A new genetic study has revealed that early medieval Finland was inhabited by separate and differing populations, all of them influencing the gene pool of modern Finns. The study is so far the most extensive investigation of the ancient DNA of people inhabiting the region of Finland.
In the study, cried out by researchers from the University of Helsinki and the University of Turku, genes were investigated from archaeological bone samples of more than one hundred individuals who lived between the 4th and 19th centuries AD. Most of the samples originated in the Iron Age (approximately 300-1300 AD) and the medieval period (approximately 1200-1500 AD). Mitochondrial DNA (mtDNA), which is passed down by mothers to all of their offspring, was extracted from the individuals, thus uncovering the population history of women.
Based on the findings, the people who inhabited Finland in the Iron Age and the Middle Ages shared mitochondrial lineages with today’s Finns. However, significant differences were seen in the genome of individuals buried in different burial sites in the Iron Age in particular. mtDNA lineages typical of Stone Age hunter-gatherers were common among those buried in Luistari, Eura (southwest Finland), and Kirkkailanmaki, Hollola (southern Finland). In Kylalahti, Hiitola (Republic of Karelia, Russia) and Tuukkala, Mikkeli (eastern Finland), the most common findings were lineages characteristic of ancient European farmer populations. The fifth Iron Age burial site included in the study is located in Levanluhta, western Finland. Many of the individuals buried there represented mtDNA lineages associated with the modern Sami.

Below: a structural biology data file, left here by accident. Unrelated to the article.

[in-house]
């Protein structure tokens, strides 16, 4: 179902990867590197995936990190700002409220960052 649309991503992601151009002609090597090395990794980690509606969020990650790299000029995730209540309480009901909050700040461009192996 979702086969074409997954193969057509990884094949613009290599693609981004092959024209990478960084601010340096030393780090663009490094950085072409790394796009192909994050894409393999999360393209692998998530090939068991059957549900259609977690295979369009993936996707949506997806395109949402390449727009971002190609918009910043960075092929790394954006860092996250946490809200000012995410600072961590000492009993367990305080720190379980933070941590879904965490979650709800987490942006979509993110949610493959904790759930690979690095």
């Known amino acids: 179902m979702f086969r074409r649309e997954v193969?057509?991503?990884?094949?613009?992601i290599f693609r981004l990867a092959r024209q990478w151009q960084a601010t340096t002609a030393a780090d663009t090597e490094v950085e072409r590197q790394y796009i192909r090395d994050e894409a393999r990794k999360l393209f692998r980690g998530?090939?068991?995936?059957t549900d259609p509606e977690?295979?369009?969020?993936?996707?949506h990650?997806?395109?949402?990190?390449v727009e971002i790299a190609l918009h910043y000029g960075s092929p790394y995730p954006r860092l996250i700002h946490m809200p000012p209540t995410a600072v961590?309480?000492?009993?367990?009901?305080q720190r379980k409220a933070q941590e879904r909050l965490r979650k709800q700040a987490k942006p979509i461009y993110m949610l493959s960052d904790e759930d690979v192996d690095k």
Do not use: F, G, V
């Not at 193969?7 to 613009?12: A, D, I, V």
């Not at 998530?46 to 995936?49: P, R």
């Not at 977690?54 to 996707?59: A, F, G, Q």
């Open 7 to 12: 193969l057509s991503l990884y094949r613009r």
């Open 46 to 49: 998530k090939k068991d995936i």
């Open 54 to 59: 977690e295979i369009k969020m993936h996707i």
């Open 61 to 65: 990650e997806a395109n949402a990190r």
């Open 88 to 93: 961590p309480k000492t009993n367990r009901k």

“All of the above originally independent lineages remain common in Finland to this day. This indicates that the studied Iron Age populations have had an impact on the gene pool of contemporary Finns,” says doctoral student Sanni Oversti from the Faculty of Biological and Environmental Sciences, University of Helsinki, Finland.
The article adds that:
Within Finland, an unusually strong genetic border bisects the population along a northwest to southeast axis, and is interpreted to reflect an ancient boundary between hunter-gatherer and farmer populations. The expanse of agriculture north-east of this border was probably limited by environmental factors, especially the length of the growing season. Later, this border has most likely acted in demarcating the spread of western and eastern political and cultural impacts influencing the placement of first political border between Sweden and Novgorod through the middle of Finland (Treaty of Noteborg 1323 AD).
The researchers posit that the differences found in the Iron Age populations of western and eastern Finland are opposite to those found in today’s Finns: the lineages associated with ancient farmers were more common in the east, while the lineages inherited from hunter-gatherers were more prevalent in the west. Farmer populations arriving in Finland not only from the west and south but also from the east provides a potential explanation for this.
The article, “Human mitochondrial DNA lineages in Iron-Age Fennoscandia suggest incipient admixture and eastern introduction of farming-related maternal ancestry,” by Sanni Översti et al., is published in Scientific Reports. Click here to read it.
Top Image: Medieval burial site of Kalmistomäki in Kylälahti, Hiitola in Russia. Photo by Stanislav Belskiy